There has been one previously reported case of angiographic-confirmed coronary spasm associated with TTC.5 However, in this case, the original coronary angiogram demonstrated no significant coronary stenosis (the spasm was induced by ergonovine administration). Coronary artery vasospasm refers to the sudden vasoconstriction of an epicardial coronary artery that can lead to vessel occlusion. This is hypothesised to be secondary to endothelial dysfunction and a hyper-reactivity of the vascular smooth muscle cells,6 and typically occurs at rest, particularly from mid-to-early morning.7 Smoking, age, ethnicity and high-sensitivity C-reactive protein (CRP) are significant risk factors.8 It has been previously postulated that coronary microvascular dysfunction could be involved in the pathophysiology of TTC.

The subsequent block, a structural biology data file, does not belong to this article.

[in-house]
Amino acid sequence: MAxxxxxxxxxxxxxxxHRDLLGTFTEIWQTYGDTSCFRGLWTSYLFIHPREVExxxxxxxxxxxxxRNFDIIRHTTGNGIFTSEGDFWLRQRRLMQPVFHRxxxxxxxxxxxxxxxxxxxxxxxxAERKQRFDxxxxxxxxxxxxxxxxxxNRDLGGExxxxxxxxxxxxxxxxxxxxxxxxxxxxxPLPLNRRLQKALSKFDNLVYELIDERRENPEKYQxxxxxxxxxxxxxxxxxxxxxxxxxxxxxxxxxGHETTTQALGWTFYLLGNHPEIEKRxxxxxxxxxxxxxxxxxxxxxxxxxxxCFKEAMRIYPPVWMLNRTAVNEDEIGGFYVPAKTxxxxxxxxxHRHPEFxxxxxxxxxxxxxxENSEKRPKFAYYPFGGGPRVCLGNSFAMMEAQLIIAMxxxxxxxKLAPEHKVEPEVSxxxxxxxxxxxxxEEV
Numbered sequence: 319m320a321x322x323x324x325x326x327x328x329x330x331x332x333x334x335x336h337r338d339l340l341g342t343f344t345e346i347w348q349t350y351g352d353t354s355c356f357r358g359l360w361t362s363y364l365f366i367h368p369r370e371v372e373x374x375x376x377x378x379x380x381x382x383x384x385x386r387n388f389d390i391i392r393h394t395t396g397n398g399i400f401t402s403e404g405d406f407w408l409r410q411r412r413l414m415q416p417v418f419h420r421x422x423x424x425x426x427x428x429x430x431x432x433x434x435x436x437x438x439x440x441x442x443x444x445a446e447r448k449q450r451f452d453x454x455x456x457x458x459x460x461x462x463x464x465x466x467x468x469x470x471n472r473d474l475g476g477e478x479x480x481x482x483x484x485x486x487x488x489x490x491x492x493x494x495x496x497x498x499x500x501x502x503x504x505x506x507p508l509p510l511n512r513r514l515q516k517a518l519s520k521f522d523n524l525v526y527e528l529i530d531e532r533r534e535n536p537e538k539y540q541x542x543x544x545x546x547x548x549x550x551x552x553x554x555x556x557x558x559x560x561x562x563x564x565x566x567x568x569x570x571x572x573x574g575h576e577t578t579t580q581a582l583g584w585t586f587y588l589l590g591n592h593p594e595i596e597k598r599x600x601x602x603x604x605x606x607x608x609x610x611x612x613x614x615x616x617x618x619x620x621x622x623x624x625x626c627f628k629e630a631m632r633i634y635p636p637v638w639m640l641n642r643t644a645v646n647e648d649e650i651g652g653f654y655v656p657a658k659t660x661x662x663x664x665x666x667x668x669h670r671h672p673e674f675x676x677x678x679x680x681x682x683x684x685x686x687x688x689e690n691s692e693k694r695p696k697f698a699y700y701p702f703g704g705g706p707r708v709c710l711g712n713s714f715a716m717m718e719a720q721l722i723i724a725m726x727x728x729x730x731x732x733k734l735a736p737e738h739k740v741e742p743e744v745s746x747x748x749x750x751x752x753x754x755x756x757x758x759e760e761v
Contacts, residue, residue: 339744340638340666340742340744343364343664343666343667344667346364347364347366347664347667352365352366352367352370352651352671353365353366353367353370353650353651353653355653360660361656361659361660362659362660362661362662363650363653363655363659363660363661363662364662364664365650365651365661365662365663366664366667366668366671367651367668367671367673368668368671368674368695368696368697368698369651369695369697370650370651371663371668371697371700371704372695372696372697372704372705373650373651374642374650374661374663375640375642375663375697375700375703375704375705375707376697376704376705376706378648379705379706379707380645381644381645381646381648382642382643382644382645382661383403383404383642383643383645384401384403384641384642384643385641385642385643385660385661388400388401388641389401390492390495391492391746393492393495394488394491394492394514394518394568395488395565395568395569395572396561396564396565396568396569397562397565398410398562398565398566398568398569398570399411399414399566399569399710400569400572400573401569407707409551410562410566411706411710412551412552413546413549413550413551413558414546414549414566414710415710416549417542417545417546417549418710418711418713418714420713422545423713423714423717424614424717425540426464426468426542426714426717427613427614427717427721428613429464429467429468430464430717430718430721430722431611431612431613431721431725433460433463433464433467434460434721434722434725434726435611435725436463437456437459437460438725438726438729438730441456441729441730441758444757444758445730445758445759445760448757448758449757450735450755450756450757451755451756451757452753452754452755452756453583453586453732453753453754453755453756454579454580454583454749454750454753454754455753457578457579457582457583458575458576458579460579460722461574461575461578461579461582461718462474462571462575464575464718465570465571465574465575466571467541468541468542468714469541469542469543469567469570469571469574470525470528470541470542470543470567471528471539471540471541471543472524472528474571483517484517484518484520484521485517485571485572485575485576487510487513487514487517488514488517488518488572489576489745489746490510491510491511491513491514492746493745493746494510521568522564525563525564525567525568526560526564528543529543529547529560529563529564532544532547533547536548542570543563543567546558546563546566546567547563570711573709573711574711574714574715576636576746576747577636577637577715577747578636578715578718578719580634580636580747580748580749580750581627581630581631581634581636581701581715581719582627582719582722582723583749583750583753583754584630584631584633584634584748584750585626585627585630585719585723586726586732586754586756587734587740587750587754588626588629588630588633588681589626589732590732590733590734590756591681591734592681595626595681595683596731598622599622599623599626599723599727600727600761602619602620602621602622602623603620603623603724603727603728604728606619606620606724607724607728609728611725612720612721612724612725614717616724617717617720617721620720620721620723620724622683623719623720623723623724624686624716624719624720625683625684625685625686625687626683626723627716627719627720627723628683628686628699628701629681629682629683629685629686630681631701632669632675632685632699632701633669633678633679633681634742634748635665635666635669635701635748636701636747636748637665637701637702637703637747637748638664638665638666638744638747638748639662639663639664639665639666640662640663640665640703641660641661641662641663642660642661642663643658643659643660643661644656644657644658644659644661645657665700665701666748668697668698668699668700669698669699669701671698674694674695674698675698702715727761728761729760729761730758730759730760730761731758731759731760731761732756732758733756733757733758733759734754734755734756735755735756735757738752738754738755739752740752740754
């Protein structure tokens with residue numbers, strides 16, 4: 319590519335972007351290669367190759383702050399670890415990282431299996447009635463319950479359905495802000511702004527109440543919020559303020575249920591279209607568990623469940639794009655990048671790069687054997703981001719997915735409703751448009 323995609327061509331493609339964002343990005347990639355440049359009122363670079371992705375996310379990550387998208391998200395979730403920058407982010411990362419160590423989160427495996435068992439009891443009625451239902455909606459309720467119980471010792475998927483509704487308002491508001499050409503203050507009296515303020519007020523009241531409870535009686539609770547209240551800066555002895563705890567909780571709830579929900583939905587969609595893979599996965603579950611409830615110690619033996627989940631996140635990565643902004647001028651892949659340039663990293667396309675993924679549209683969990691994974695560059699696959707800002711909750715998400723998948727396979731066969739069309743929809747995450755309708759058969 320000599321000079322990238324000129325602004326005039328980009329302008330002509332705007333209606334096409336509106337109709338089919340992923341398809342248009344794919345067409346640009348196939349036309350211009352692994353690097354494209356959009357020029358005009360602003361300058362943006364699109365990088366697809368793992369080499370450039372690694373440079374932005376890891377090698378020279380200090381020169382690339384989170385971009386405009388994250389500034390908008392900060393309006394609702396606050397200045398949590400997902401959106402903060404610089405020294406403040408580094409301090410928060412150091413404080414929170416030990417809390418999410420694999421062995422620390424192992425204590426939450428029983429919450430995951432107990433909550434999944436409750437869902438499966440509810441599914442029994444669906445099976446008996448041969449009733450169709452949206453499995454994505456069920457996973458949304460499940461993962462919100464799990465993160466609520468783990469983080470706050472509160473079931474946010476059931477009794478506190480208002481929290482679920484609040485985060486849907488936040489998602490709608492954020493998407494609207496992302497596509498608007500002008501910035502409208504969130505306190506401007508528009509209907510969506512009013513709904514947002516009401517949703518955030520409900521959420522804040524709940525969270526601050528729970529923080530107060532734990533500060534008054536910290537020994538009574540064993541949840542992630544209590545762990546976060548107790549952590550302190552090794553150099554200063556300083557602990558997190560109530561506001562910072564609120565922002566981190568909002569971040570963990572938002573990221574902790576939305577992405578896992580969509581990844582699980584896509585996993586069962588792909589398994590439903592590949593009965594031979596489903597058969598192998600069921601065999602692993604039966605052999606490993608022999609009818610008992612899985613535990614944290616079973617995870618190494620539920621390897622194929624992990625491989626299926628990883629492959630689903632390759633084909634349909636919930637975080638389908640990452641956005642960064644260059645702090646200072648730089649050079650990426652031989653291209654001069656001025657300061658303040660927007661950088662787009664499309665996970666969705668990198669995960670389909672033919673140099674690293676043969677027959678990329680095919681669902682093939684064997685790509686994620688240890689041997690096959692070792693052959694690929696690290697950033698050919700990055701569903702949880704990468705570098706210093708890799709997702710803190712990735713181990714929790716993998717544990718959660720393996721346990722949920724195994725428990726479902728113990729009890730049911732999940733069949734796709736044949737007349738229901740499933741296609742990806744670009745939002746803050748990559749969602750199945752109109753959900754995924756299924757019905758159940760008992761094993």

The exact pathophysiological mechanism of TTC is still unknown, however, it likely involves a neuro-cardiac action. Interestingly a neuro-cardiac action has been described in pre-menopausal women with spontaneous coronary artery dissection, which is thought to have a vasospastic component to its pathophysiology.9 We believe that transient coronary artery spasm may have played a role in the pathogenesis of TTC in this case. If a patient who presents acutely with TTC has concomitant coronary artery stenosis, we suggest this should be interrogated with provocative testing, where possible, to exclude coronary vasospasm. Further study and analysis is required to investigate the association of coronary vasospasm as a cause of TTC.
Conflicts of interest
Patient consent for publication was obtained.
- This is a rare case of concurrent Takotsubo cardiomyopathy and right coronary artery vasospasm
- The pathophysiology of Takotsubo cardiomyopathy is still poorly understood